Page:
Partner and I are not doing well, individually or as a pair, when we sit down at a table with quite a few kibitzers. To my right is Alan Sontag. (I'm embarrassed to say I don't remember who his partner was) Sontag is the reason of for the kibitzers: He is a world champion and one of the best-known American players in history. He is also, significantly, known to be one of the fastest players in the world.

On the second board of the round, Sontag declares 1NT. He plays at what to me is lightning speed. I find myself adopting his rhythm, which is and — I simply can't play good defense that fast. I screw up, pitching a key card that I should have realized i needed to keep. Sontag makes 2, –120 for us and a very likely loss of the board. (Don't ask, just accept that it was bad.) Btw, partner does not seem to notice my error.

We finish the round early and begin to talk. Partner asks Sontag how he thinks we had done, and Sontag finds some way not to answer. Partner presses the issue — it is clear that he has no idea that –120 will be awful, nor that it was my fault. Eventually, Sontag seems to realize tat partner isn't going to shut up until he gets an answer; he says, "Let's say it was not a bad round for us." That's it. Everyone at the table knows what it means, of course, but he doesn't dig.

Everyone except my partner, that is, who starts pressing for specifics. Alan redirects every question without being specific — he absolutely refused to criticize me, even though my mistake had been glaring (and in fact, it would have been easy to say it in a way that most people would have felt was appropriate.) He looks a bit uncomfortable, too — to me, anyway, it seemed clear that he wasn't being evasive for its own sake, he really didn't want to be discourteous.

Finally I had to end it; I interrupted with "Partner — We lost the round because your partner screwed up his discards." And that was the end of that. But I learned two things: First, Alan Sontag doesn't like to criticize people he hasn't met. And second, when a player plays faster than you, do not play to his speed; slow down. (The second one has a follow-up story I'll tell later.)
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Old 11-19-2009, 02:45 AM   #767
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Re: The well: atakdog

I know just about nothing about bridge, but I enjoyed both of those stories.
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Old 11-19-2009, 02:46 AM   #768
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Re: The well: atakdog

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zomg recommending Heidegger and Foucault as a starting place for getting into philosophical reading is absurd!

Nietzsche, **** yes, best writer of any philosopher. Only Jung, Schopenhauer and Dogen are comparably entertaining.
Nonetheless they fit his mindset.

Would you disagree?
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Old 11-19-2009, 03:00 AM   #769
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Re: The well: atakdog

wow, didn't know it was possible to enjoy reading Nietzsche
don't know what i like less, his writing or his philosophy
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Old 11-19-2009, 03:01 AM   #770
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Re: The well: atakdog

Nice well. Yeah bridge players are pretty cool. Online they have a weekly teaching table for juniors where they bring in world class players to play a couple of hands with juniors and teach a little. They do this completely for free. So I have played a tad with both the players in Atak's stories.

Just being willing to do this shows how cool the top bridge players are.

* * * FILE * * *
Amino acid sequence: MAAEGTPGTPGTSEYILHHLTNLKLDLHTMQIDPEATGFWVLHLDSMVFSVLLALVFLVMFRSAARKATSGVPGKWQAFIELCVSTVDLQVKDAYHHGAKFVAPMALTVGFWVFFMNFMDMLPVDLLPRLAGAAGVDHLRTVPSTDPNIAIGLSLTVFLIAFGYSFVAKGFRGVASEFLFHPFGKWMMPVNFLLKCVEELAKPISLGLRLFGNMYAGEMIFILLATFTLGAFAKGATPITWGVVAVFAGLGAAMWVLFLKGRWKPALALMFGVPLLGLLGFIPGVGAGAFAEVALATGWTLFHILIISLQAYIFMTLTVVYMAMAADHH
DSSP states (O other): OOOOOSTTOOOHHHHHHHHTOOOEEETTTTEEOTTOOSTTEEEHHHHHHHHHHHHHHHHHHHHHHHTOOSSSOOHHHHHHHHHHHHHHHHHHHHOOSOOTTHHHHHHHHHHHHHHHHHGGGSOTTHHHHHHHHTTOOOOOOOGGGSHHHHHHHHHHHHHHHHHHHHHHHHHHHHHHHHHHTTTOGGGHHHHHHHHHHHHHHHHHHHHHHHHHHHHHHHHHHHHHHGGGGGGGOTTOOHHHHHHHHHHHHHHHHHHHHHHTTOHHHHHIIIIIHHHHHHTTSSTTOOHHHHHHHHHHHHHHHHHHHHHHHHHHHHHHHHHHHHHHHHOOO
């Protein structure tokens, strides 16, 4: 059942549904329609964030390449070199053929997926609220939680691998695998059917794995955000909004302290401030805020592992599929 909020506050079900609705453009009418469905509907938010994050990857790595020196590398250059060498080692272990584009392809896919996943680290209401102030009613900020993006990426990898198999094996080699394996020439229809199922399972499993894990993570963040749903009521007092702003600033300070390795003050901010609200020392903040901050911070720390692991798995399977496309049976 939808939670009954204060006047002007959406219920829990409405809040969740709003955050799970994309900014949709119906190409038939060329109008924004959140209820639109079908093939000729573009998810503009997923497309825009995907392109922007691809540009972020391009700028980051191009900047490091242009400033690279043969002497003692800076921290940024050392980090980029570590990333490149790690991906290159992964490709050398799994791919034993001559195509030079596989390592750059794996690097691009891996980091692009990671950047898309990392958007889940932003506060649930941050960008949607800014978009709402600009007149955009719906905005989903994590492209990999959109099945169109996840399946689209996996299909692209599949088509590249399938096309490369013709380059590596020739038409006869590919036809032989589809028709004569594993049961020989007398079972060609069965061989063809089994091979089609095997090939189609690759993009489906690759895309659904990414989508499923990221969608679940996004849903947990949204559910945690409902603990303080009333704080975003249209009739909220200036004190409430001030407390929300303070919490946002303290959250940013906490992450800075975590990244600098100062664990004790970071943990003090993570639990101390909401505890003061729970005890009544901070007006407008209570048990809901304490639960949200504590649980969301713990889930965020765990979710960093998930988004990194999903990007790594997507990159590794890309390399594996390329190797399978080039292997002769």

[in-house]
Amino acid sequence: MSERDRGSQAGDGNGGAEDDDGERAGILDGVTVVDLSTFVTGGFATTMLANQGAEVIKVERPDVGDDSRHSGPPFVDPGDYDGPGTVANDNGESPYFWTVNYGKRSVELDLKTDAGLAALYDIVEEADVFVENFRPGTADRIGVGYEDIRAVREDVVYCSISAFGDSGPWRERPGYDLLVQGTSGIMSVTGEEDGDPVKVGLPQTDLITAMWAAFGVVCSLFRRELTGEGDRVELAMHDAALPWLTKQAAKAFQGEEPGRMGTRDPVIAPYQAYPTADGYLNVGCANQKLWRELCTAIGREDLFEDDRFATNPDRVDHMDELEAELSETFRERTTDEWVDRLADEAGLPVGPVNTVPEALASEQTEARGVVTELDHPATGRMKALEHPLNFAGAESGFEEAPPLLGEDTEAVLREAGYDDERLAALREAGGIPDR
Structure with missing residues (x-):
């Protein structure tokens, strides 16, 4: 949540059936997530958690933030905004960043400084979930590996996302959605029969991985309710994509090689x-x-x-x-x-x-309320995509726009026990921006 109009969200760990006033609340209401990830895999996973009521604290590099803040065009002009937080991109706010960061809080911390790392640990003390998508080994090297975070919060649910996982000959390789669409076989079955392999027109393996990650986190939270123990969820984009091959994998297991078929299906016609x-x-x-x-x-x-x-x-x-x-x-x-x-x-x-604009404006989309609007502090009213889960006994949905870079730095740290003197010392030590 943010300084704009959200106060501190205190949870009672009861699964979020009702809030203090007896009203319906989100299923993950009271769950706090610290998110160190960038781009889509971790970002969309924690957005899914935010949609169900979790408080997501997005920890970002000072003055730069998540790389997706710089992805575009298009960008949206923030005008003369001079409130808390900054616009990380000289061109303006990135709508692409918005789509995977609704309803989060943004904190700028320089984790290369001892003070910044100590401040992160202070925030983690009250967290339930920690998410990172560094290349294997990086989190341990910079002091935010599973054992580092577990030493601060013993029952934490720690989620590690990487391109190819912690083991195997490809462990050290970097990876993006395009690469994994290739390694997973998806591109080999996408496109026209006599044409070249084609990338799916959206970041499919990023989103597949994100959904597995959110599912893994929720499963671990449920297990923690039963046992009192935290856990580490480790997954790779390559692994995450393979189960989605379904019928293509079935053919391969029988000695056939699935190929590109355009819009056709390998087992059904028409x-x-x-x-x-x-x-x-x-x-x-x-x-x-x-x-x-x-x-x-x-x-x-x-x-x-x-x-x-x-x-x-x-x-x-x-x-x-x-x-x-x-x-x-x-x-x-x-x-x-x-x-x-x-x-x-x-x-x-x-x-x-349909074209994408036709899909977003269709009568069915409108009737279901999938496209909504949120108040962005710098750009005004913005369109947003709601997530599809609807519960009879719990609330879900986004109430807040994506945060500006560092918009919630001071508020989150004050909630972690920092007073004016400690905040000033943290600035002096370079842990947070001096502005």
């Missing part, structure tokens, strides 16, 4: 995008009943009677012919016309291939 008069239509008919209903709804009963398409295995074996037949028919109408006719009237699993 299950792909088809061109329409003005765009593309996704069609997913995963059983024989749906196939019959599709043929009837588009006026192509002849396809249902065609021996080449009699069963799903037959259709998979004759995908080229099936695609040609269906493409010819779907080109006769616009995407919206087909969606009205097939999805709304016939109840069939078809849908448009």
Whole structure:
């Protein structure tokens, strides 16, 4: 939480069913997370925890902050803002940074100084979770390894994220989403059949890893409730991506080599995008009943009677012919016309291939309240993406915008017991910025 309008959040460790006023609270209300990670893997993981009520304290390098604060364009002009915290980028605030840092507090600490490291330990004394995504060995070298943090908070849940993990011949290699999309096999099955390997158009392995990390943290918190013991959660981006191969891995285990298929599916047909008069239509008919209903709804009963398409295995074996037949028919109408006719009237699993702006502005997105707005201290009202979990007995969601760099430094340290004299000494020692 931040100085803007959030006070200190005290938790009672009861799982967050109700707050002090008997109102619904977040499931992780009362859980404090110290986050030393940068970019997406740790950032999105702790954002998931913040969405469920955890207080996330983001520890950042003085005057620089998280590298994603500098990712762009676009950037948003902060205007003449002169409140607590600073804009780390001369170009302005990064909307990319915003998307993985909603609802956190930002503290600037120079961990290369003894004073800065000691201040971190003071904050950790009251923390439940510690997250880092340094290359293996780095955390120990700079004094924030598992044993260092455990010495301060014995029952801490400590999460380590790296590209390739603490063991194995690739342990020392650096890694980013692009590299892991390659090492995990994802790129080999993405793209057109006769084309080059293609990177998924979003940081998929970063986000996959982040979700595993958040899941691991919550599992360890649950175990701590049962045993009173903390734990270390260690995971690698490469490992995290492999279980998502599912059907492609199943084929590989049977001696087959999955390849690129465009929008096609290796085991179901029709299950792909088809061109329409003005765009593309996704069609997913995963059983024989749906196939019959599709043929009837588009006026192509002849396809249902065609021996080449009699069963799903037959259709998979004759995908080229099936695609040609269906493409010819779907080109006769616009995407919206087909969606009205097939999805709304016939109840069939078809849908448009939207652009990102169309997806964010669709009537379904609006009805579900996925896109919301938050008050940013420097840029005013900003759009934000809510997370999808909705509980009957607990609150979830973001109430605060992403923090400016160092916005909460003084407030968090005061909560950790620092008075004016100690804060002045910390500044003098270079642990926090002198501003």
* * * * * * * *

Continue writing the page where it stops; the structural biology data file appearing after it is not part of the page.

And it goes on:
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Old 11-19-2009, 03:06 AM   #771
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Re: The well: atakdog

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Nice well. Yeah bridge players are pretty cool. Online they have a weekly teaching table for juniors where they bring in world class players to play a couple of hands with juniors and teach a little. They do this completely for free. So I have played a tad with both the players in Atak's stories.

Just being willing to do this shows how cool the top bridge players are.
That's awesome!
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Old 11-19-2009, 03:08 AM   #772
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Re: The well: atakdog

Atak, you said earlier you have a good singing voice...

What are the chances we can get you to upload a video on youtube were you can sing karaoke for us?
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Old 11-19-2009, 04:21 AM   #773
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Re: The well: atakdog

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Nonetheless they fit his mindset.

Would you disagree?
I'm not sure that they do, but I was commenting on literary quality, not ideology.
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Old 11-19-2009, 04:27 AM   #774
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Re: The well: atakdog

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I'm not sure that they do, but I was commenting on literary quality, not ideology.
You prolly right.
Most 1st year undergrad stuff - begins with the Ancients but outside of reading Plato's account of Socrates - I didnt think Aristotle et al would be his cup of tea.

I would get him to skip Enlightment - Descartes, Leibniz

Perhaps as a self-proclaimed communist Hegel might be the go for him.
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Old 11-19-2009, 04:30 AM   #775
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Re: The well: atakdog

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Atak, you said earlier you have a good singing voice...

What are the chances we can get you to upload a video on youtube were you can sing karaoke for us?
i say he has to host a weekly karaoke show (with requests) every week he has not made progress on his paper

Last edited by wahoopride; 11-19-2009 at 04:30 AM. Reason: win-win